Proper Programming Methodology

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  • Cipriux - thanks for taking the time to look at it. Would using the timer behavior be easier and have the same result?

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  • Never used, so I don't know.

  • It doesn't work with timer either. It must be an issue with the "move at 1500*dt" event. I'll try doing what you suggested with setting the end location to snap, but since the camera keeps to the player position, it might look strange. Still no indication as to why yields random results...

  • I've never used (or seen a need to use) the "else" condition. In that picture what is the point of having the "else" there, would it function the same without it?

  • - I actually haven't tried without else; it's really just habit.

  • I had some problems with not using the else condition in my game. I tried checking if the condition is NOT true but did not get the expected results as with ELSE.

    I was using timer and sine behavior to make a sequence of characters behave like a wave, but after 2-3 minutes of waving , some randomness begin to appear. I did not investigate if the problem was the timer or the sine .

  • A super simplified example to show why you dash further at lower framerate:

    Say dt = 10 and dash = 30 and you move 100*dt every tick,

    move 100*dt = 1000 px
    dash = 30 - 10 = 20
    move 100*dt = 1000 px
    dash = 20 - 10 = 10
    move 100*dt = 1000 px
    dash = 10 - 10 = 0
    move 100*dt = 1000 px
    dashing = false

    total distance: 4000 px

    at half the framerate, dt = 20:

    move 100*dt = 2000 px
    dash = 30 - 20 = 10
    move 100*dt = 2000 px
    dash = 10 - 20 = -10
    move 100*dt = 2000 px
    dashing = false

    total distance: 6000 px


    In your capx (if I've calculated it right):

    at 60 fps you move 1250*1/60 = 20.83px per tick

    22 times

    total distance: 458px

    at 30 fps you move 1250*1/30 = 41.67px per tick

    12 times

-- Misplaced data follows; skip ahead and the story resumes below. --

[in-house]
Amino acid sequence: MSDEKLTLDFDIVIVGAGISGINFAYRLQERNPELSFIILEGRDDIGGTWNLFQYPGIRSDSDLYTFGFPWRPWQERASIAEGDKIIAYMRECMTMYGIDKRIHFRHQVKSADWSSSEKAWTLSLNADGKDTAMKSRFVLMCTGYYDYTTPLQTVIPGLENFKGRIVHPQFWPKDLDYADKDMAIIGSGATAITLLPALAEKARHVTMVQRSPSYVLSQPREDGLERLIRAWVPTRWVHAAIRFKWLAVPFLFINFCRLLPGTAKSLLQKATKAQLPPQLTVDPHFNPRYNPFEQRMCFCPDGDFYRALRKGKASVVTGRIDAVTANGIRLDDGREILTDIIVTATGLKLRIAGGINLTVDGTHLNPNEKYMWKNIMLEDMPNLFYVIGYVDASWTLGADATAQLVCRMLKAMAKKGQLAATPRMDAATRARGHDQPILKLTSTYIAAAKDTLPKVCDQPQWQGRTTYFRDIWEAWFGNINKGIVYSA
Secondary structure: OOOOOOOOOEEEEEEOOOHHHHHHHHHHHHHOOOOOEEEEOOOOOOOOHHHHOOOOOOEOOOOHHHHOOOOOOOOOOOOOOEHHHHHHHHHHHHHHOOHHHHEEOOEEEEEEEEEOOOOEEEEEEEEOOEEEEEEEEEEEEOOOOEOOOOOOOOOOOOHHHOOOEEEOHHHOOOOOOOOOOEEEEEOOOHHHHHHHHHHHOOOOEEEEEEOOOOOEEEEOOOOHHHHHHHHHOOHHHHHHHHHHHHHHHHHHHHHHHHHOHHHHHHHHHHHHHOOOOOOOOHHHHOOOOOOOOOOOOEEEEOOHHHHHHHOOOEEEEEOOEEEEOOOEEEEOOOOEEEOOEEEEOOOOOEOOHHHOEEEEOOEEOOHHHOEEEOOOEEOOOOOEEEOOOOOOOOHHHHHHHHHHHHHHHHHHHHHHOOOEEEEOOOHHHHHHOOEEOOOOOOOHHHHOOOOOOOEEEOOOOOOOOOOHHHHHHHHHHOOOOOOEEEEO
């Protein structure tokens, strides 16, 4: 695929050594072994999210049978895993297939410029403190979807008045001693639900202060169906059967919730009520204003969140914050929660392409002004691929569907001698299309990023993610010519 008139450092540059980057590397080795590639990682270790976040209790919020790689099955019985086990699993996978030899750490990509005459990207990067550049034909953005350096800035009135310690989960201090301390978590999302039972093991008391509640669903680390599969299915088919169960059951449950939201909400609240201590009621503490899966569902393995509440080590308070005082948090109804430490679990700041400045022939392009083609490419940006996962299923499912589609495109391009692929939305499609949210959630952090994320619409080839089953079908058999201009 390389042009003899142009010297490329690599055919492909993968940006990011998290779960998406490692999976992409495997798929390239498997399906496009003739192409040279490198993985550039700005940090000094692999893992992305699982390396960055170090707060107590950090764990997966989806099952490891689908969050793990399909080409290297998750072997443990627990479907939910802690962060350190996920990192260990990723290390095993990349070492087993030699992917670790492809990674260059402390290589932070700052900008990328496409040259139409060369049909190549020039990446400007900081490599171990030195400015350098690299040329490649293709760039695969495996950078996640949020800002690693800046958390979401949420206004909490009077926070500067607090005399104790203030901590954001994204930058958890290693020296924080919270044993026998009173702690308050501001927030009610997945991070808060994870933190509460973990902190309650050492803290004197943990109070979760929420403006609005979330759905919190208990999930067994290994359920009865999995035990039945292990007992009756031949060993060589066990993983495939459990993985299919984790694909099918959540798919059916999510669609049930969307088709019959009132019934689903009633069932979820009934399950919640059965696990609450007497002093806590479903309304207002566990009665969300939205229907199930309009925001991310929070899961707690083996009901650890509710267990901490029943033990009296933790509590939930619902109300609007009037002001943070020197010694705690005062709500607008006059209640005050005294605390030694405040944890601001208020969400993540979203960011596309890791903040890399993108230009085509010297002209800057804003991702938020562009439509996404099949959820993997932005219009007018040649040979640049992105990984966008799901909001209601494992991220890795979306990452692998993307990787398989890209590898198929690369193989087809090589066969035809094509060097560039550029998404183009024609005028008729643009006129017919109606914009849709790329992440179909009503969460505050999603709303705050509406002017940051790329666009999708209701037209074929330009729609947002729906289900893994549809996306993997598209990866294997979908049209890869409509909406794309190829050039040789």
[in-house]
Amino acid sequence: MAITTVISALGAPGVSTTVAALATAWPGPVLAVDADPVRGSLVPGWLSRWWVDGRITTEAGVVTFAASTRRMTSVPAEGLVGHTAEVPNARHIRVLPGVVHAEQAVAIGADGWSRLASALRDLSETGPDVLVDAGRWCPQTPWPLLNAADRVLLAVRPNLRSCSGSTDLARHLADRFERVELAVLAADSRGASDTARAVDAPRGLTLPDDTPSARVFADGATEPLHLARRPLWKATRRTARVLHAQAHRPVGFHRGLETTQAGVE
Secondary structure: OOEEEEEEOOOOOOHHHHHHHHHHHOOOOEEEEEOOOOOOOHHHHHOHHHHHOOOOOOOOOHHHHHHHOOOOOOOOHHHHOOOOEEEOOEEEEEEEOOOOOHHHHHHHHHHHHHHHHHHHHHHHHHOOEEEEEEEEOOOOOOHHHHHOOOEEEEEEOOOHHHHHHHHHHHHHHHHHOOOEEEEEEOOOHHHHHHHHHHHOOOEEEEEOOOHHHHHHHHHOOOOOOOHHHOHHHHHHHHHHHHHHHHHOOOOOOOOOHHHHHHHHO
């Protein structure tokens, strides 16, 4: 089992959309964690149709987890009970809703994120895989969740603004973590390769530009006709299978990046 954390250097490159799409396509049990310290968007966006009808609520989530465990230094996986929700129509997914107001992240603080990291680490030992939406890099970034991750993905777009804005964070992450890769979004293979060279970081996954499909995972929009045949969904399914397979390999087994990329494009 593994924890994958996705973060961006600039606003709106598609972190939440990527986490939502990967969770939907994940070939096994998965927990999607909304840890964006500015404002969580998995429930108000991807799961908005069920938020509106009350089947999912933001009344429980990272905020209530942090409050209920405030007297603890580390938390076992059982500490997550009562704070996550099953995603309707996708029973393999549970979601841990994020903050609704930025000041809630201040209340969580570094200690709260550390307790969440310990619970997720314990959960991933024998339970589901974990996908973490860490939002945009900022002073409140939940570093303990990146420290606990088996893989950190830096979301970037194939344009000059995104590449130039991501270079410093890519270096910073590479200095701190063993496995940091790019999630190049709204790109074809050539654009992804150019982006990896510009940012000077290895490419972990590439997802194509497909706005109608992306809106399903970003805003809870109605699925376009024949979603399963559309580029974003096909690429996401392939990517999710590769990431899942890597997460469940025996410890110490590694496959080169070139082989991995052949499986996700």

total distance: 500px


    So you want to move a fixed distance, say 450px. At the start of the dash set dashDistance = 450. Every tick, move 1250*dt OR dashDistance, whichever is smaller and then subtract the distance moved from dashDistance. So you'll be moving 1250*dt until the last tick and the you just move the remaining distance to make it 450 and don't overshoot.

    if dashing == true
        if dashDistance < 1250*dt
            move forward dashDistance
            set dashing = false
            move forward 1250*dt
            subtract 1250*dt from dashDistance
  • ramones just to point out....dt is always lower than 0.1 sec (minimum forced FPS is 10)

    for 60 FPS dt is sec

    for 20 FPS dt is sec

  • Cipriux yes dt could never be 10 or 20, I was just using simple numbers for the sake of example.

  • problem, actualy your solution is a great one

    ome6a1717   I made a test using ramones solution...and works very well

    It works like this:

    1.Before dashing calculate the target position target_x

    2. if distance from player to target position is greater than dt*speed, than its ok to move using dt*speed

    3. else just move the player to target position

    If want more explanations, please say so..sorry for my bad english



    [EDIT]: use < > keys to "dash", I think the same concept works for dashing at an angle and up, but I not sure.

    The red lines represent the player position every tick...

  • ramones - Interesting. I'll have to try this when I get home.

    If this does work, how would I get a less "abrupt" stop and more of a fake "physics push" at the end of the dash?

  • ome6a1717 maybe use this behaviour to slow down the movement at the end ease transition

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